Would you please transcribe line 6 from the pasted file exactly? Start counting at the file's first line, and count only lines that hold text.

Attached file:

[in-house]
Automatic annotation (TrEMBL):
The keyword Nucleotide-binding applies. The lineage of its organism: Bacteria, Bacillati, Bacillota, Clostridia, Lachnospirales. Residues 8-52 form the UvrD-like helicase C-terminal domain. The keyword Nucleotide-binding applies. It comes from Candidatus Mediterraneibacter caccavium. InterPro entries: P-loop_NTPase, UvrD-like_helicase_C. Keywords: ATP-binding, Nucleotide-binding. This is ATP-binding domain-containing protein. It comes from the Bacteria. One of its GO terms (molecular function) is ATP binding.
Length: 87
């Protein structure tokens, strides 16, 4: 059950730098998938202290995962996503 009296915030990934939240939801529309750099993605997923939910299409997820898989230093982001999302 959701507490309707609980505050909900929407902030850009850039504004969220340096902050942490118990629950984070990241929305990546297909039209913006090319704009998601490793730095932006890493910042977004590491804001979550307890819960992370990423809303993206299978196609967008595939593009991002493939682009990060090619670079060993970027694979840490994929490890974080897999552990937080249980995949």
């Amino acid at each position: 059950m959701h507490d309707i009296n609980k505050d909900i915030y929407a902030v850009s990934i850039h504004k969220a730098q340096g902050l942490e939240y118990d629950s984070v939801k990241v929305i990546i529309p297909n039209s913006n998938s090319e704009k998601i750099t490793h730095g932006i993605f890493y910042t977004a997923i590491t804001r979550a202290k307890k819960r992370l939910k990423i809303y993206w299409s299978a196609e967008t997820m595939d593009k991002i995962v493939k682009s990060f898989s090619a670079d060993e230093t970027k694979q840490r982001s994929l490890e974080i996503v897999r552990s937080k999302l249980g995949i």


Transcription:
């Amino acid at each position: 059950m959701h507490d309707i009296n609980k505050d909900i915030y929407a902030v850009s990934i850039h504004k969220a730098q340096g902050l942490e939240y118990d629950s984070v939801k990241v929305i990546i529309p297909n039209s913006n998938s090319e704009k998601i750099t490793h730095g932006i993605f890493y910042t977004a997923i590491t804001r979550a202290k307890k819960r992370l939910k990423i809303y993206w299409s299978a196609e967008t997820m595939d593009k991002i995962v493939k682009s990060f898989s090619a670079d060993e230093t970027k694979q840490r982001s994929l490890e974080i996503v897999r552990s937080k999302l249980g995949i």